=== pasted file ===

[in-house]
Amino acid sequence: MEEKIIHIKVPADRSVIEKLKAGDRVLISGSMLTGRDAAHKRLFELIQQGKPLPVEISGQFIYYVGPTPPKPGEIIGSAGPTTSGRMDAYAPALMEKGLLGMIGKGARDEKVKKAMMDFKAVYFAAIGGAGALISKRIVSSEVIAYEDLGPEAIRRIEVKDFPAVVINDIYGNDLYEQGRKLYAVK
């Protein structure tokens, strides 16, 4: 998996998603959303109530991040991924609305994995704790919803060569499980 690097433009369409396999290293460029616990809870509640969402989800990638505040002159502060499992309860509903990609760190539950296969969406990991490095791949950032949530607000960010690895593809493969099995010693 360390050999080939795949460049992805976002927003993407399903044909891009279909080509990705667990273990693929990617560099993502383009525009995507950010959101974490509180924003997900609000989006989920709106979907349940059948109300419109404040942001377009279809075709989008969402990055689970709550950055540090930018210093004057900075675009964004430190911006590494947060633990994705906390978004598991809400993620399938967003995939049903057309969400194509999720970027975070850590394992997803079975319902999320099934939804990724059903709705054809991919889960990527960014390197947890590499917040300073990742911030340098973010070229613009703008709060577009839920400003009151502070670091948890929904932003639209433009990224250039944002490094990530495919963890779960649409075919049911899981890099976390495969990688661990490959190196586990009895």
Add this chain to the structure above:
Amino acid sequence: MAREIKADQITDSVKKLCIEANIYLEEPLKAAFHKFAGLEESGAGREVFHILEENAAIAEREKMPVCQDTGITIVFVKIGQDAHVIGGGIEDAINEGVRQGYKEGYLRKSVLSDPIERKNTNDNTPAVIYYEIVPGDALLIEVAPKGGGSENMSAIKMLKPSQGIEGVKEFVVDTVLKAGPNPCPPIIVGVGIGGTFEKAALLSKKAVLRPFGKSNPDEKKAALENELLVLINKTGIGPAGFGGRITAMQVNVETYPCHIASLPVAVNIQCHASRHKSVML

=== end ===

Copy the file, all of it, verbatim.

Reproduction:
[in-house]
Amino acid sequence: MEEKIIHIKVPADRSVIEKLKAGDRVLISGSMLTGRDAAHKRLFELIQQGKPLPVEISGQFIYYVGPTPPKPGEIIGSAGPTTSGRMDAYAPALMEKGLLGMIGKGARDEKVKKAMMDFKAVYFAAIGGAGALISKRIVSSEVIAYEDLGPEAIRRIEVKDFPAVVINDIYGNDLYEQGRKLYAVK
């Protein structure tokens, strides 16, 4: 998996998603959303109530991040991924609305994995704790919803060569499980 690097433009369409396999290293460029616990809870509640969402989800990638505040002159502060499992309860509903990609760190539950296969969406990991490095791949950032949530607000960010690895593809493969099995010693 360390050999080939795949460049992805976002927003993407399903044909891009279909080509990705667990273990693929990617560099993502383009525009995507950010959101974490509180924003997900609000989006989920709106979907349940059948109300419109404040942001377009279809075709989008969402990055689970709550950055540090930018210093004057900075675009964004430190911006590494947060633990994705906390978004598991809400993620399938967003995939049903057309969400194509999720970027975070850590394992997803079975319902999320099934939804990724059903709705054809991919889960990527960014390197947890590499917040300073990742911030340098973010070229613009703008709060577009839920400003009151502070670091948890929904932003639209433009990224250039944002490094990530495919963890779960649409075919049911899981890099976390495969990688661990490959190196586990009895």
Add this chain to the structure above:
Amino acid sequence: MAREIKADQITDSVKKLCIEANIYLEEPLKAAFHKFAGLEESGAGREVFHILEENAAIAEREKMPVCQDTGITIVFVKIGQDAHVIGGGIEDAINEGVRQGYKEGYLRKSVLSDPIERKNTNDNTPAVIYYEIVPGDALLIEVAPKGGGSENMSAIKMLKPSQGIEGVKEFVVDTVLKAGPNPCPPIIVGVGIGGTFEKAALLSKKAVLRPFGKSNPDEKKAALENELLVLINKTGIGPAGFGGRITAMQVNVETYPCHIASLPVAVNIQCHASRHKSVML